A new report from the Centre for Social Justice, Maxed Out, reveals that UK household debt is now almost as big as GDP. The right-of-centre think tank (founded by the well-known social scientist, Ian Duncan Smith), wrings its hands over the disproportionate impact on the poor, but has few suggestions beyond "access to affordable credit", "responsible lenders" and greater "financial literacy" (the poor must be taught better habits). I was particularly struck by this nugget (pg 40): "The rapid growth of mortgages over the past two decades has contributed the largest total amount to Britain’s personal debt. However it is not as concerning as the rise in consumer debt over that same period. Unlike mortgage debts, which are tied to the value of a house, unsecured consumer borrowing is at higher interest rates and is more likely to spiral out of control, driving people into problem debt". In other words, despite the evidence of your own eyes, mortgages are not a problem. No, sireee.
Mortgage debts are not really tied to the value of a house, contrary to appearances. Though we think of a mortgage as a loan for which the property acts as collateral, in reality the loan is securitised against future income. As such, a mortgage is a form of "fictitious capital", like stocks and shares. It's a claim on the future. A subprime mortgage is risky not because of the quality of the property, but because of the quality of the borrower's future income stream. Property does not have an intrinsic value beyond that of the land it stands on (the productive value) and its utility as shelter. This is not trivial, but it is clearly much less than the market value. This Christmas there will no doubt be a new must-have toy, and with demand temporarily greater than supply, these will change hands on eBay and in pubs at a markup to the retail price, but that markup won't be £1 million, because the market-clearing valuation of buyers isn't that high, even on Christmas Eve. So what determines the persistent high price of housing?
I'm going to approach the answer via Paul Gilroy's preview of Steve McQueen's new film, 12 Years a Slave, in which he notes that "slaves are capital incarnate. They are living debts and impersonal obligations as well as human beings fighting off the sub-humanity imposed upon them by their status as commercial objects". Our key image of the antebellum South is of plantations and pathological gentility. In fact, most whites in the South were self-sufficient small farmers of modest means, i.e. "rednecks". This in turn meant low levels of urbanisation and industry, compared to the North, and consequently low levels of credit and a shortage of ready money. After slave imports were banned in 1808 (following the British abolition of the slave trade in 1807), domestic reproduction became the main means of growing the plantation workforce. The number of slaves grew from 750 thousand in 1800 to 4 million by 1860. The growth in the slave "crop" fuelled the expansion of cotton and other cash-crop production into the new territories west of the Mississippi, which was a primary source of the friction that led to the Civil War.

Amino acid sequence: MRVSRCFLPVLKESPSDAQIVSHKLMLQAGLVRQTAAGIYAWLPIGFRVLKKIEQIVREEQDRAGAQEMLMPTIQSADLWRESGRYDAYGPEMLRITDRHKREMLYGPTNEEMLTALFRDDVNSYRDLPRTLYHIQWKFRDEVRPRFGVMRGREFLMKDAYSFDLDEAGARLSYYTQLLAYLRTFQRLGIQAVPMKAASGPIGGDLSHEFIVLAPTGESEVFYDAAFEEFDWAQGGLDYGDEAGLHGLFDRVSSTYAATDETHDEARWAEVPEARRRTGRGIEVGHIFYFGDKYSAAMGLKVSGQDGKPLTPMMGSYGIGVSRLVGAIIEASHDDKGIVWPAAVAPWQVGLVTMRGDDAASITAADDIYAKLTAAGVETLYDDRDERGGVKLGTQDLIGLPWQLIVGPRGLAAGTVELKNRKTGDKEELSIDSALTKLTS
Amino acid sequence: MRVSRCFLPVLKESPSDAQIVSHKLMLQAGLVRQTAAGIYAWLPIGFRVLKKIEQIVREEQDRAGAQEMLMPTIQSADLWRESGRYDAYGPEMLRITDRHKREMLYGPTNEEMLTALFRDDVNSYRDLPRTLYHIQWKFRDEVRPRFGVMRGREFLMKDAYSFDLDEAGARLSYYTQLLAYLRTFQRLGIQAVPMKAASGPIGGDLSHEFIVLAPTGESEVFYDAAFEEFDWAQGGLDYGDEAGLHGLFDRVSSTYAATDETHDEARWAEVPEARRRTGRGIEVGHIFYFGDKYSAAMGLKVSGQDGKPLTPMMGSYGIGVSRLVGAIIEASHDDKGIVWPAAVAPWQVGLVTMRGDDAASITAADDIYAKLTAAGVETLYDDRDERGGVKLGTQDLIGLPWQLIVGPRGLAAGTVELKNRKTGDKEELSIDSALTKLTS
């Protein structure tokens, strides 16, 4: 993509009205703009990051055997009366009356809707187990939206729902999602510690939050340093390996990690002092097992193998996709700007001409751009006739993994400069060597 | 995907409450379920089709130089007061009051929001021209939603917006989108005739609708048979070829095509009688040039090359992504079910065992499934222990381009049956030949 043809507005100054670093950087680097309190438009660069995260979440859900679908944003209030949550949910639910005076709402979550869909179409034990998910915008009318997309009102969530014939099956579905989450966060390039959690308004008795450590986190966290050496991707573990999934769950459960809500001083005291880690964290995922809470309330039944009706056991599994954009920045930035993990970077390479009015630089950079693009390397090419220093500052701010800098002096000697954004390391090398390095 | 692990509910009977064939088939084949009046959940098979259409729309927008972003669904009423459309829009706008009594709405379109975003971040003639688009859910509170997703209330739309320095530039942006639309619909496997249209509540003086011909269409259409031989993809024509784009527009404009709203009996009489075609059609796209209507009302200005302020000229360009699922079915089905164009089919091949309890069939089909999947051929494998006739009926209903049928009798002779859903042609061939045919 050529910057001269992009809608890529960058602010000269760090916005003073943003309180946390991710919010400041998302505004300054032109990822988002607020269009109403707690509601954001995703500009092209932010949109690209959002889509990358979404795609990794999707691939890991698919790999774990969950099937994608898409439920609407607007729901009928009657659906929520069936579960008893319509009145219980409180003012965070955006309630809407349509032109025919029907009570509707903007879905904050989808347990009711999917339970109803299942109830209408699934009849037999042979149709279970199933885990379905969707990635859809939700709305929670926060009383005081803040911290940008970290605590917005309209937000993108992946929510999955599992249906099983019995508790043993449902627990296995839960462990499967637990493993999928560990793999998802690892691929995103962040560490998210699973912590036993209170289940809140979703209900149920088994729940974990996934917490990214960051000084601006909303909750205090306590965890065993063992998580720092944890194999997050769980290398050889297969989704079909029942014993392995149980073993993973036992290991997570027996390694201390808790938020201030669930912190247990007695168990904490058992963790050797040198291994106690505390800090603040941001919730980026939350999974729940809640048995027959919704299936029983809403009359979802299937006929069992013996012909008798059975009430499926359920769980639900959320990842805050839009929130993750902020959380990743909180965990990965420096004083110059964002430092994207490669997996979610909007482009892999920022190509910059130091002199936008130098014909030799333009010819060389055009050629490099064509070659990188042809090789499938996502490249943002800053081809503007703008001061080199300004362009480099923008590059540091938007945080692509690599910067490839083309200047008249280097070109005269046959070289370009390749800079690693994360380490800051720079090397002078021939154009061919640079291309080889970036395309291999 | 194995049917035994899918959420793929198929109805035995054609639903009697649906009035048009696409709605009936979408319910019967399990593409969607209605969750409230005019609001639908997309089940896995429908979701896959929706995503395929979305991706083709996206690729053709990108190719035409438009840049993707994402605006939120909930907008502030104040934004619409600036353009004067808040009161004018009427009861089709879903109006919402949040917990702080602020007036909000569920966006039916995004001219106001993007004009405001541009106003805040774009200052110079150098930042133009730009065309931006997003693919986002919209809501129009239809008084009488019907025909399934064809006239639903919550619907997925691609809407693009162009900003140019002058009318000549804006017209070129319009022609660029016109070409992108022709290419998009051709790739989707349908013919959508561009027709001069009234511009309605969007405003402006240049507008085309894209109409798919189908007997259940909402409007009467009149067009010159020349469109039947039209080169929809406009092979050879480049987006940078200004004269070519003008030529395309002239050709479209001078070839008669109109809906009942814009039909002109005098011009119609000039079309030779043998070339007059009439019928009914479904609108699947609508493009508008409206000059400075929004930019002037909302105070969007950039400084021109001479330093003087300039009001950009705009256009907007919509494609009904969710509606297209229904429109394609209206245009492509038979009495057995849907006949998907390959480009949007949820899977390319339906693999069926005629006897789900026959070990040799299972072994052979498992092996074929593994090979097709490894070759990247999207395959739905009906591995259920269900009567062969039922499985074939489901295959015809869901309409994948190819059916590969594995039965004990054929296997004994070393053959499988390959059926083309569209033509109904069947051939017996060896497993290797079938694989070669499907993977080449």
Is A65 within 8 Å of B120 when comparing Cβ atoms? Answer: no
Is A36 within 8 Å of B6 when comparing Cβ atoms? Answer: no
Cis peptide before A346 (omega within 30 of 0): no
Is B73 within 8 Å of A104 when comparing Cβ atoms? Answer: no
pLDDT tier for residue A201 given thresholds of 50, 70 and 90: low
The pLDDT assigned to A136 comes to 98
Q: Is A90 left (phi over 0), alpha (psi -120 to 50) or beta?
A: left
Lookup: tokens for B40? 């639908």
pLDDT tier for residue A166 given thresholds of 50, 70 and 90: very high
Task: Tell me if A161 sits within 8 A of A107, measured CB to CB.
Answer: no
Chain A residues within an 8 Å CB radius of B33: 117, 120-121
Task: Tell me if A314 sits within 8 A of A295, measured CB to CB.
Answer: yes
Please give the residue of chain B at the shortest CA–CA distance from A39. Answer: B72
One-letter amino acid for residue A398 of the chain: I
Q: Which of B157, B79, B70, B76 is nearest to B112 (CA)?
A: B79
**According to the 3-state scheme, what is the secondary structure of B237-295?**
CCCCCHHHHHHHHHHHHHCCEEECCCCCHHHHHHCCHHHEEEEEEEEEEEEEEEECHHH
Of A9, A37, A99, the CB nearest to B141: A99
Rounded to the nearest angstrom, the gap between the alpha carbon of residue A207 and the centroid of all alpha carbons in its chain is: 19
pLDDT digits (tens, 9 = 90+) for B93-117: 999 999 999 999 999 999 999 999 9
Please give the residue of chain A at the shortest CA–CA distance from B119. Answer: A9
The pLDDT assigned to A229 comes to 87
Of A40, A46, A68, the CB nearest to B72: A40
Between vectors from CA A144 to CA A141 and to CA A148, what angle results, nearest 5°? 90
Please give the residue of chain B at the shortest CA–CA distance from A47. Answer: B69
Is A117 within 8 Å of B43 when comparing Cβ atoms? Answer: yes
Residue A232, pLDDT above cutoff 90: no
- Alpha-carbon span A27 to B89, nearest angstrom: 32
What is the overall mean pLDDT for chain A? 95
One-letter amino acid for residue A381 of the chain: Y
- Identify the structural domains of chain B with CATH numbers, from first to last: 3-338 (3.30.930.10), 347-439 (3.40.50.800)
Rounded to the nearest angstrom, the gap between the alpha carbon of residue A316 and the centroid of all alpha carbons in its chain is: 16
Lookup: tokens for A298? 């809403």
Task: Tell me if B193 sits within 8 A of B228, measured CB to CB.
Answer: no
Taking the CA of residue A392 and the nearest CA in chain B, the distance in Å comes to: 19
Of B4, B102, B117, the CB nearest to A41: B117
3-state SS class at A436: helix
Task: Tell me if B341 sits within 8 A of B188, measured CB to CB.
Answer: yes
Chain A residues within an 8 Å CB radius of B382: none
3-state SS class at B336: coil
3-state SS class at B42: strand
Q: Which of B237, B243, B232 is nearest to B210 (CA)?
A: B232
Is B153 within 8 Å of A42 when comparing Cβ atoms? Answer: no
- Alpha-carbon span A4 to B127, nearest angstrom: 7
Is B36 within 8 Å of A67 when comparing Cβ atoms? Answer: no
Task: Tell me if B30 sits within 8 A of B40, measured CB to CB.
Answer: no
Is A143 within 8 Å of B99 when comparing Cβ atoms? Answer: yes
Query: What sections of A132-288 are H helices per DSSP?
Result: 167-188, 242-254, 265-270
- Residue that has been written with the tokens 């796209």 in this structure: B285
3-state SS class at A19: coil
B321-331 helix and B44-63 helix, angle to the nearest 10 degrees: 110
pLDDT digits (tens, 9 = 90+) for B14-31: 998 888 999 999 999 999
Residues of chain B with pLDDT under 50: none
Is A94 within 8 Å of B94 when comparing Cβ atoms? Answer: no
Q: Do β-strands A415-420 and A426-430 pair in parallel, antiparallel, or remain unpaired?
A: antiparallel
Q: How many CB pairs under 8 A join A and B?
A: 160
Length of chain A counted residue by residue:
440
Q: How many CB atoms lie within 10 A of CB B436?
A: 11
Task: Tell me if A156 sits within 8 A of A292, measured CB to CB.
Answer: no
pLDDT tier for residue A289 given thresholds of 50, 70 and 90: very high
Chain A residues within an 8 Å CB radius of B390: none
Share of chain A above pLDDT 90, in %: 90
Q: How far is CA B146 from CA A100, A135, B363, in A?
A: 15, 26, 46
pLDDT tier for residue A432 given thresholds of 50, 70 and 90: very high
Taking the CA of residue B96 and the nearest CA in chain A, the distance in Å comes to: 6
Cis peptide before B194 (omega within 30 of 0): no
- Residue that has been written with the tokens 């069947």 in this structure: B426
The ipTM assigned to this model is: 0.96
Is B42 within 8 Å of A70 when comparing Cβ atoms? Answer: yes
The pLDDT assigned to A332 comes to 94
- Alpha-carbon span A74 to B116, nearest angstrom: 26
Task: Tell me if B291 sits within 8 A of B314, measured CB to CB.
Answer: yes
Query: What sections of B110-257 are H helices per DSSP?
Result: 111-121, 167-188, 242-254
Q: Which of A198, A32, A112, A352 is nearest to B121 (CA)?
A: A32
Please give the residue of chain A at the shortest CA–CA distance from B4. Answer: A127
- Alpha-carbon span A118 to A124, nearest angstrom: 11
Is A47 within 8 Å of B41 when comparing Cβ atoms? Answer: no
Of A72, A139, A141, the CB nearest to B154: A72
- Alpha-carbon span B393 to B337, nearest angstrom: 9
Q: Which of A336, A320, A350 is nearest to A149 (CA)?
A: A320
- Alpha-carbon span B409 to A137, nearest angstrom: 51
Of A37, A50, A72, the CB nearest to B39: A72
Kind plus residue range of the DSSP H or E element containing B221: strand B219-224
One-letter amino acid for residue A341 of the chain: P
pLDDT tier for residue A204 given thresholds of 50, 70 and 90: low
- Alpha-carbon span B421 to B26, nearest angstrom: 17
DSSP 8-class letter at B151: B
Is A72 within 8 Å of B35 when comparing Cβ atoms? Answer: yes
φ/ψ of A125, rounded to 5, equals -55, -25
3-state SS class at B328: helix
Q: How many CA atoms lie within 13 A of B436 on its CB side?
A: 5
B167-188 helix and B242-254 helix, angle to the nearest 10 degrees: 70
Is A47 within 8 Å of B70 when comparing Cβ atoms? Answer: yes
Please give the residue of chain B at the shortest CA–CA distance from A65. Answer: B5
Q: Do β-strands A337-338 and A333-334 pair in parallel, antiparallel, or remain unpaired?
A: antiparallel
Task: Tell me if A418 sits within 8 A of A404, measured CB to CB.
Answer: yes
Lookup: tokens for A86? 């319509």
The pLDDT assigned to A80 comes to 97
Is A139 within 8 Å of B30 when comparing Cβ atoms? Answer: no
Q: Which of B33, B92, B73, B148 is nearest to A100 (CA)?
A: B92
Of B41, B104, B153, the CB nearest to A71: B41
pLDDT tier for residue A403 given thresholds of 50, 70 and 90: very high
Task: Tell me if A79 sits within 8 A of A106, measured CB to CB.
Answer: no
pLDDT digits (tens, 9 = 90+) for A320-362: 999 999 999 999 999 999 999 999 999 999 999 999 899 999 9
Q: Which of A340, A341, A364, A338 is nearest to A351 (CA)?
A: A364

The recycling of export revenues into expansion, combined with limited money, meant that slaves became the dominant form of capital in the South and a de facto medium of exchange, used to settle debts and act as collateral for loans. The market value of a slave represented their future production. During the eighteenth century, slaves were seen as disposable commodities, often being worked to death within a few years of purchase. This partly reflected their economic equivalence with white indentured labour on fixed-term contracts (i.e. one died after an average 7 years, the other was freed), and partly the relatively low cost of adult replacements via the trade from Africa. Over the course of the century, rising prices for imported slaves and the growth of cash-crop demand (notably cotton for the Lancashire mills), led to an increasing reliance on slave reproduction, which is why the end of imports after 1808 did not lead to crisis. This in turn made it economically attractive to maximise the slaves' working lives, which led to the ideological reframing of them from the subhuman commodity of earlier years to the "children" in need of benevolent discipline familiar from Southern rhetoric.